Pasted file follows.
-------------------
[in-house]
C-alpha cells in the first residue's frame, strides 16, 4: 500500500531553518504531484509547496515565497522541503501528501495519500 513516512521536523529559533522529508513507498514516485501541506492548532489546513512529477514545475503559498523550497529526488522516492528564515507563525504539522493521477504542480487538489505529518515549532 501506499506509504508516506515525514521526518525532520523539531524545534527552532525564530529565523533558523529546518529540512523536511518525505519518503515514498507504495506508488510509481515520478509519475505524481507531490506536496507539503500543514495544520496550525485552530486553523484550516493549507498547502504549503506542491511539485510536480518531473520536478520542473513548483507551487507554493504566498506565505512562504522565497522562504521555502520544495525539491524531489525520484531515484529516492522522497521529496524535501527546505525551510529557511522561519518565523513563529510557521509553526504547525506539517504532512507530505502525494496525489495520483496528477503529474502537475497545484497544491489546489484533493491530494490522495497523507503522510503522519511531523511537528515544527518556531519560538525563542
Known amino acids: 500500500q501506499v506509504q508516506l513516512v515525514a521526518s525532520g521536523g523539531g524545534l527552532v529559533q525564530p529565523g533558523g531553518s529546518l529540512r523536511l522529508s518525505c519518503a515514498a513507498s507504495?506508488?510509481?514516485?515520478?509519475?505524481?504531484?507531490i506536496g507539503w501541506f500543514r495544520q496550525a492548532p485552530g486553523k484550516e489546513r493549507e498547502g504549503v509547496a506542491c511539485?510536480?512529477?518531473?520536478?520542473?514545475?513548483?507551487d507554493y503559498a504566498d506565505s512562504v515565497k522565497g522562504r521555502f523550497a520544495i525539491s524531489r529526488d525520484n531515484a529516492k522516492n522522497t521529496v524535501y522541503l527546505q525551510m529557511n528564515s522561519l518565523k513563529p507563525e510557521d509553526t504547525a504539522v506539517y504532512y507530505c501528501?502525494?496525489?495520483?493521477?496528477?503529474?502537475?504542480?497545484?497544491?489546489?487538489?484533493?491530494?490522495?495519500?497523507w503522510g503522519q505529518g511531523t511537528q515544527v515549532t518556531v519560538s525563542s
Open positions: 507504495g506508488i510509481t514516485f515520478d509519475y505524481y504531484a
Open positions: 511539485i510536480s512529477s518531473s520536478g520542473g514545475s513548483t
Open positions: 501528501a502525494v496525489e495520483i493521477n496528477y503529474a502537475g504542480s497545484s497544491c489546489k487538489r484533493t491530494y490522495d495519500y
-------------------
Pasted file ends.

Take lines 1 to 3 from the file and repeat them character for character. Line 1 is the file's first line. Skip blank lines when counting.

[in-house]
C-alpha cells in the first residue's frame, strides 16, 4: 500500500531553518504531484509547496515565497522541503501528501495519500 513516512521536523529559533522529508513507498514516485501541506492548532489546513512529477514545475503559498523550497529526488522516492528564515507563525504539522493521477504542480487538489505529518515549532 501506499506509504508516506515525514521526518525532520523539531524545534527552532525564530529565523533558523529546518529540512523536511518525505519518503515514498507504495506508488510509481515520478509519475505524481507531490506536496507539503500543514495544520496550525485552530486553523484550516493549507498547502504549503506542491511539485510536480518531473520536478520542473513548483507551487507554493504566498506565505512562504522565497522562504521555502520544495525539491524531489525520484531515484529516492522522497521529496524535501527546505525551510529557511522561519518565523513563529510557521509553526504547525506539517504532512507530505502525494496525489495520483496528477503529474502537475497545484497544491489546489484533493491530494490522495497523507503522510503522519511531523511537528515544527518556531519560538525563542
Known amino acids: 500500500q501506499v506509504q508516506l513516512v515525514a521526518s525532520g521536523g523539531g524545534l527552532v529559533q525564530p529565523g533558523g531553518s529546518l529540512r523536511l522529508s518525505c519518503a515514498a513507498s507504495?506508488?510509481?514516485?515520478?509519475?505524481?504531484?507531490i506536496g507539503w501541506f500543514r495544520q496550525a492548532p485552530g486553523k484550516e489546513r493549507e498547502g504549503v509547496a506542491c511539485?510536480?512529477?518531473?520536478?520542473?514545475?513548483?507551487d507554493y503559498a504566498d506565505s512562504v515565497k522565497g522562504r521555502f523550497a520544495i525539491s524531489r529526488d525520484n531515484a529516492k522516492n522522497t521529496v524535501y522541503l527546505q525551510m529557511n528564515s522561519l518565523k513563529p507563525e510557521d509553526t504547525a504539522v506539517y504532512y507530505c501528501?502525494?496525489?495520483?493521477?496528477?503529474?502537475?504542480?497545484?497544491?489546489?487538489?484533493?491530494?490522495?495519500?497523507w503522510g503522519q505529518g511531523t511537528q515544527v515549532t518556531v519560538s525563542s